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plank

[plangk] /plæŋk/
noun
1.
a long, flat piece of timber, thicker than a board.
2.
lumber in such pieces; planking.
3.
something to stand on or to cling to for support.
4.
any one of the stated principles or objectives comprising the political platform of a party campaigning for election:
They fought for a plank supporting a nuclear freeze.
verb (used with object)
5.
to lay, cover, or furnish with planks.
6.
to bake or broil and serve (steak, fish, chicken, etc.) on a wooden board.
7.
plunk (def 2).
Idioms
8.
walk the plank,
  1. to be forced, as by pirates, to walk to one's death by stepping off a plank extending from the ship's side over the water.
  2. to relinquish something, as a position, office, etc., under compulsion:
    We suspect that the new vice-president walked the plank because of a personality clash.
Origin
1275-1325
1275-1325; Middle English planke < Old North French < Latin planca board, plank. See planch
Related forms
plankless, adjective
planklike, adjective
unplanked, adjective
Dictionary.com Unabridged
Based on the Random House Dictionary, © Random House, Inc. 2014.
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British Dictionary definitions for unplanked

plank1

/plæŋk/
noun
1.
a stout length of sawn timber
2.
something that supports or sustains
3.
one of the policies in a political party's programme
4.
walk the plank, to be forced by pirates to walk to one's death off the end of a plank jutting out over the water from the side of a ship
5.
(Brit, slang) a stupid person; idiot
verb (transitive)
6.
to cover or provide (an area) with planks
7.
to beat (meat) to make it tender
8.
(mainly US & Canadian) to cook or serve (meat or fish) on a special wooden board
Word Origin
C13: from Old Norman French planke, from Late Latin planca board, from plancus flat-footed; probably related to Greek plax flat surface

plank2

/plæŋk/
verb
1.
(transitive) (Scot) to hide; cache
Word Origin
C19: a variant of plant
Collins English Dictionary - Complete & Unabridged 2012 Digital Edition
© William Collins Sons & Co. Ltd. 1979, 1986 © HarperCollins
Publishers 1998, 2000, 2003, 2005, 2006, 2007, 2009, 2012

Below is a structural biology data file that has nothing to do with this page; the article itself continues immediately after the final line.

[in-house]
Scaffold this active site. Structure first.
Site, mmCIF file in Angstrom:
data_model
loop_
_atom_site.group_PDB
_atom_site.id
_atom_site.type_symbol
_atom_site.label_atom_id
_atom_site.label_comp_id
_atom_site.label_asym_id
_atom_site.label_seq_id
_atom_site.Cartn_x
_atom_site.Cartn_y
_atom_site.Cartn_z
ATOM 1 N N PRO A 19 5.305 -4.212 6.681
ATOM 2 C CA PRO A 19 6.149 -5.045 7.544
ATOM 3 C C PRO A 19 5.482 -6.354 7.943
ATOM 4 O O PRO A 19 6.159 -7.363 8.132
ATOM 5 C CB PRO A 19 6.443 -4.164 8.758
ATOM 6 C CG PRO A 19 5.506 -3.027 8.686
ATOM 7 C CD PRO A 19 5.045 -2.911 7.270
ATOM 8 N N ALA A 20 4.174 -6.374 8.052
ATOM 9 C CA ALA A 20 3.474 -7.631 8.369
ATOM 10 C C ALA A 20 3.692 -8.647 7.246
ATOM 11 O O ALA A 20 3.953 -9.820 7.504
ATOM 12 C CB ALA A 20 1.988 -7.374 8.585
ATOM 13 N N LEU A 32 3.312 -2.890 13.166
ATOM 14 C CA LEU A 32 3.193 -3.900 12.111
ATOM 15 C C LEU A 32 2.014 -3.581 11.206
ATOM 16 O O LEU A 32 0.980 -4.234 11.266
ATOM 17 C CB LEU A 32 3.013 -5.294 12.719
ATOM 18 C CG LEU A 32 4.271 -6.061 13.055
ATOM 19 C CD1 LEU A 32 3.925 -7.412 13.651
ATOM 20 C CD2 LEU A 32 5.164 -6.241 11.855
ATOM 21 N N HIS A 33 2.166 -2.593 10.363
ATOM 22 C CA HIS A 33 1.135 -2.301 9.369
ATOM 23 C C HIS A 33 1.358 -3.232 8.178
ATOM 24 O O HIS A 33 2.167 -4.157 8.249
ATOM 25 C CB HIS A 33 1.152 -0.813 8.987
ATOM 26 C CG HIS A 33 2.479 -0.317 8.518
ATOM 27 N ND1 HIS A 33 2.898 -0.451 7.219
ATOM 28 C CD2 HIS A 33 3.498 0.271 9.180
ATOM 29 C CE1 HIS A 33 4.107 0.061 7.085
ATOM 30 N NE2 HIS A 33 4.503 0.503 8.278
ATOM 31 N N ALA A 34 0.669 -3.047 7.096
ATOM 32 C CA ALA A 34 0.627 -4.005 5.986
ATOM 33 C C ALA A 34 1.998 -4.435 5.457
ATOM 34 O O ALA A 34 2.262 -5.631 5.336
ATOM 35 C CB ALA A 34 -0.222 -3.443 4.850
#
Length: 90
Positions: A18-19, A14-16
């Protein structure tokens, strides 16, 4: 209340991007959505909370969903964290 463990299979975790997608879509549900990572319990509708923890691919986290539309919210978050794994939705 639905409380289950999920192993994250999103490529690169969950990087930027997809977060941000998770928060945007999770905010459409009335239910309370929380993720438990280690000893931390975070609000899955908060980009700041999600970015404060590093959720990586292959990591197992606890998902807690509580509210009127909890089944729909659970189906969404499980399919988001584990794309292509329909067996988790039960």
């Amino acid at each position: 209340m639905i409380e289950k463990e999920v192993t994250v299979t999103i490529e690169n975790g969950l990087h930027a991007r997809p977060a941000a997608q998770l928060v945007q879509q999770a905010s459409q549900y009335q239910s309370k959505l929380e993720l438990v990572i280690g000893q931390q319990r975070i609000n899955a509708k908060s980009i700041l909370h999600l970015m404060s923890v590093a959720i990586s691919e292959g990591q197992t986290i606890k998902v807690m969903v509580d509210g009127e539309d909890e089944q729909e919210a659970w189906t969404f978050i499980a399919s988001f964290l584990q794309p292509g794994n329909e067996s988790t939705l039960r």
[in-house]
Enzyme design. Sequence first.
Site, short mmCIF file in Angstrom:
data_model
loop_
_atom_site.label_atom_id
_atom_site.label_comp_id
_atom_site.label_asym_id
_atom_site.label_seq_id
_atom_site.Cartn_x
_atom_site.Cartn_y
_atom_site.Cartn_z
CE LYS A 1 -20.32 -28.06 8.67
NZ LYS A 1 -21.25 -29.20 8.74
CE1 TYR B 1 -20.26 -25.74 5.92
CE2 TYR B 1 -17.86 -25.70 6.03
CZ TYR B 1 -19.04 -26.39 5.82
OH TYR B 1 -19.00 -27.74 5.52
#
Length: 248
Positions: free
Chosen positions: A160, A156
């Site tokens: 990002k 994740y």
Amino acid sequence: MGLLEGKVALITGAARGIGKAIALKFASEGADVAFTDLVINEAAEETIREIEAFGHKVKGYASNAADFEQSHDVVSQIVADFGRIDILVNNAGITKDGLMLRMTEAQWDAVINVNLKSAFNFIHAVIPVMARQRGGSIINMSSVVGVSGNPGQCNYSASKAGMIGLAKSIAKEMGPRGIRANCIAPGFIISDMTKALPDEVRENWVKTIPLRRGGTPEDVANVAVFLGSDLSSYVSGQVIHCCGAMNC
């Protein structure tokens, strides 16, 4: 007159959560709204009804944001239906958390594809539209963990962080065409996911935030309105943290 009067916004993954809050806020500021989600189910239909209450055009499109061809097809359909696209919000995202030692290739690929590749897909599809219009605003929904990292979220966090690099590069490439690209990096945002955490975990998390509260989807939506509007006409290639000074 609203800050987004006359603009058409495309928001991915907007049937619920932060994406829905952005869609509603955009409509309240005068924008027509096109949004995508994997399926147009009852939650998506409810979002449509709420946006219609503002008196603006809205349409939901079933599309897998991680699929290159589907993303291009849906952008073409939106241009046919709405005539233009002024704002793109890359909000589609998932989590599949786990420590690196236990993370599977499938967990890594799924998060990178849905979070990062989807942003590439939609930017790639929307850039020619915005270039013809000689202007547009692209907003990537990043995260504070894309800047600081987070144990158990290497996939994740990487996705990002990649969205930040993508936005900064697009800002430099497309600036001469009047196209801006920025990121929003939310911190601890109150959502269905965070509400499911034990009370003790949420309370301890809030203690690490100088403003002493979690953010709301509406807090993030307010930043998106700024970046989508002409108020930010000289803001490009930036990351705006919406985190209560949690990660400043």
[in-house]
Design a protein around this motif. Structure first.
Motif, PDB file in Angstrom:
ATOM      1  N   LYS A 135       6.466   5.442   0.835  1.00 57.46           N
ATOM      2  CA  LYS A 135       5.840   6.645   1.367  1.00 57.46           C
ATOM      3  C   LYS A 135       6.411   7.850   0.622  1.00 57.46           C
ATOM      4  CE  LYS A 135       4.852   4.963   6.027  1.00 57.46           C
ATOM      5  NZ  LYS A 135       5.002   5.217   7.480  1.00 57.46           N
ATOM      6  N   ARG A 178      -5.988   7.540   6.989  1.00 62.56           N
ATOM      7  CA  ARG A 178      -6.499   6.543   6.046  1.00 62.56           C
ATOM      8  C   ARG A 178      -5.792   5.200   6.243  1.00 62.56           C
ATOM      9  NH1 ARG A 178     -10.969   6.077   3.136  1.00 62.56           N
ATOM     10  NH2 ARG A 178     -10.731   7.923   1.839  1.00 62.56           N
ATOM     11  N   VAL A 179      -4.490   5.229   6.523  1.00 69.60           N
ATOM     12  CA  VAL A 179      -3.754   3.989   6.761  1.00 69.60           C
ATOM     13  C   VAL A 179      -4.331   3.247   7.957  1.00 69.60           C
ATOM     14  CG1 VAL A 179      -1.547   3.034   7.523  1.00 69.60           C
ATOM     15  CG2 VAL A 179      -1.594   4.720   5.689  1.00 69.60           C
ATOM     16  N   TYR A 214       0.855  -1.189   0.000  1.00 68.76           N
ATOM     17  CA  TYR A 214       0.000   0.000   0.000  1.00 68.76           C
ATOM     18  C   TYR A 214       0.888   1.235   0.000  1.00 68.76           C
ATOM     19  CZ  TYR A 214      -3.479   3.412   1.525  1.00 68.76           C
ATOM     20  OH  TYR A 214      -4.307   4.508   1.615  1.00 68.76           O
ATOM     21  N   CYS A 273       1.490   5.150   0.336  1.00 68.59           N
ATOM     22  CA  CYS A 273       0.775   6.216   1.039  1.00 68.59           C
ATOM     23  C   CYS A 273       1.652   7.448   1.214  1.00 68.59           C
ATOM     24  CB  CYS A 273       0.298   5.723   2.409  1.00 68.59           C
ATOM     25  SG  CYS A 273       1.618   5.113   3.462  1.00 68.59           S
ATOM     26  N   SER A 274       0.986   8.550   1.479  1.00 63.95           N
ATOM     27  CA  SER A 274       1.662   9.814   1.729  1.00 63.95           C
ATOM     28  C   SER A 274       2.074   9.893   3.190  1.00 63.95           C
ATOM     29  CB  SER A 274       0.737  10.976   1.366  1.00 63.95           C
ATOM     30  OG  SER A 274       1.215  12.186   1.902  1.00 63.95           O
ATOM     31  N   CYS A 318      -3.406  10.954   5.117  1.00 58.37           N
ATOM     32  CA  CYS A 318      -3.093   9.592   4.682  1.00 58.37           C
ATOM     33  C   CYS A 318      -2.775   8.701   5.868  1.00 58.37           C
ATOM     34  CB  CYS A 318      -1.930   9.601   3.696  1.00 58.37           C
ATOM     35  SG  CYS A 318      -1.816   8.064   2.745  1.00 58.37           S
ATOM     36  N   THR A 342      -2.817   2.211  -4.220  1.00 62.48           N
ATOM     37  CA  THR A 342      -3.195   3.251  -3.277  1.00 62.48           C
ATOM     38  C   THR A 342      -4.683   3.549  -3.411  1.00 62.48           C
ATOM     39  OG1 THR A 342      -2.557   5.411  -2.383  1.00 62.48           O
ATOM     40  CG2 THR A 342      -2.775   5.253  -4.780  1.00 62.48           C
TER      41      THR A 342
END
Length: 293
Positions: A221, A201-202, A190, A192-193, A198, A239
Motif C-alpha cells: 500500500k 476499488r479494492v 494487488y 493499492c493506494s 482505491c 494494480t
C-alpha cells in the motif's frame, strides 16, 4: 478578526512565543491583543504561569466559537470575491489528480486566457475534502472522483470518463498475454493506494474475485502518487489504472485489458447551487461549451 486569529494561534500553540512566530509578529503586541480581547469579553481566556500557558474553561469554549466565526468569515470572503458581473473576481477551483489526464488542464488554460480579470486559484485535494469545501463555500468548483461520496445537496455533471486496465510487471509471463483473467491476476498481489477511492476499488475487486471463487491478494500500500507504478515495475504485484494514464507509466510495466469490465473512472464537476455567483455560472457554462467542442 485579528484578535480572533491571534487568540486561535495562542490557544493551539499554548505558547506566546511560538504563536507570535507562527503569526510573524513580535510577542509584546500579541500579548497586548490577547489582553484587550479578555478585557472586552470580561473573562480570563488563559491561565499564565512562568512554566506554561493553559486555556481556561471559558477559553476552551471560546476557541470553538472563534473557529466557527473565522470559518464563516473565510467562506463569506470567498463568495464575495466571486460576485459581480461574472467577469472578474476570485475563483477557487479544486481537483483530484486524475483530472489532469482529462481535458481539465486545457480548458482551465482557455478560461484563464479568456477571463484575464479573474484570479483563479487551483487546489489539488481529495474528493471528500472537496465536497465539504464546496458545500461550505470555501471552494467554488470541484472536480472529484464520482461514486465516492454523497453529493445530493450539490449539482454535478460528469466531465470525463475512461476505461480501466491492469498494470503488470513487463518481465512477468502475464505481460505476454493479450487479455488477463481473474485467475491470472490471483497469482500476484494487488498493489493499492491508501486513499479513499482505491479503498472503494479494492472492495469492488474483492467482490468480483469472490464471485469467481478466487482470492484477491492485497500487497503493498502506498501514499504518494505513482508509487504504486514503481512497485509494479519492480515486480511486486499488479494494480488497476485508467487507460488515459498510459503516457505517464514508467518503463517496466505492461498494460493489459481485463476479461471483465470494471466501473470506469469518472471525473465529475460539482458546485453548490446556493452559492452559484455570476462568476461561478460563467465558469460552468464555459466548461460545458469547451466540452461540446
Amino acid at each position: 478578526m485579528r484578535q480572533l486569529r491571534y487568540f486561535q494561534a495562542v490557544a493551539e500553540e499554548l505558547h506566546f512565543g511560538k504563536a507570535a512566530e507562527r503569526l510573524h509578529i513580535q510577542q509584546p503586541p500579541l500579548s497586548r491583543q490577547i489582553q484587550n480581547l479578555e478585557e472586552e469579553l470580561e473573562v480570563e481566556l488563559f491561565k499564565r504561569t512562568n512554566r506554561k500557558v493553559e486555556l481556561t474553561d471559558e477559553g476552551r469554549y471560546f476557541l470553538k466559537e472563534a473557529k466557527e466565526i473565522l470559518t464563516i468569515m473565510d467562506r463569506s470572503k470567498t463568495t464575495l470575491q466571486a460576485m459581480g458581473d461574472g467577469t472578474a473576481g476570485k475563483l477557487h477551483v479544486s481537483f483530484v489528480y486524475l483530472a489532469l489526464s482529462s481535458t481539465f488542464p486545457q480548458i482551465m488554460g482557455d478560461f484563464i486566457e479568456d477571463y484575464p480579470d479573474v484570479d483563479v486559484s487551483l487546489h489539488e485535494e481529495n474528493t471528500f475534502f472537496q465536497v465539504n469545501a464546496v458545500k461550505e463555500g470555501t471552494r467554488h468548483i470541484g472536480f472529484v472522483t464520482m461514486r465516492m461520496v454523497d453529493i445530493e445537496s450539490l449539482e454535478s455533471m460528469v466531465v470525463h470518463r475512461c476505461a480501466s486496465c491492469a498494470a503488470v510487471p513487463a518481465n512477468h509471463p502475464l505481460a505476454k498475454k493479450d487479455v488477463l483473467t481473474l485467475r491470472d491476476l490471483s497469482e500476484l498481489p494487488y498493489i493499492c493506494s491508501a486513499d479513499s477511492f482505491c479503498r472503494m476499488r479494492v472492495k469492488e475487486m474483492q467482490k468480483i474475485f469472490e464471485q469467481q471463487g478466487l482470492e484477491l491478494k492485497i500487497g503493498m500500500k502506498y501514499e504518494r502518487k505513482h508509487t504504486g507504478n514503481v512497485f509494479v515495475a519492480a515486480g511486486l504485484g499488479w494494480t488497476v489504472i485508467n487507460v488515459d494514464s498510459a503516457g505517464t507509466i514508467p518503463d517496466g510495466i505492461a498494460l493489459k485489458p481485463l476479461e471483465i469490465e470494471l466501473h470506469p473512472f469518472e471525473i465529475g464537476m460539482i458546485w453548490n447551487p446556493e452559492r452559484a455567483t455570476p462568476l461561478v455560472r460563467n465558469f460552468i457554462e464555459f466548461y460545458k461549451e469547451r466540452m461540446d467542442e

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Word Origin and History for unplanked

plank

n.

late 13c. (c.1200 as a surname), from Old North French planke, variant of Old French planche "plank, slab, little wooden bridge" (12c.), from Late Latin planca "broad slab, board," probably from Latin plancus "flat, flat-footed," from PIE *plak- (1) "to be flat" (see placenta). Technically, timber sawed to measure 2 to 6 inches thick, 9 inches or more wide, and 8 feet or more long. Political sense of "item of a party platform" is U.S. coinage from 1848. To walk the plank, supposedly a pirate punishment, is first attested 1789 and most early references are to slave-traders disposing of excess human cargo in crossing the ocean.

Online Etymology Dictionary, © 2010 Douglas Harper
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Slang definitions & phrases for unplanked

plank 1

verb

To do the sex act with or to; screw: had witless good fun with his children while his wife was out getting planked

[1970s+; origin unknown]


plank 2

Related Terms

walk the plank


The Dictionary of American Slang, Fourth Edition by Barbara Ann Kipfer, PhD. and Robert L. Chapman, Ph.D.
Copyright (C) 2007 by HarperCollins Publishers.
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Idioms and Phrases with unplanked

plank

The American Heritage® Idioms Dictionary
Copyright © 2002, 2001, 1995 by Houghton Mifflin Company. Published by Houghton Mifflin Company.
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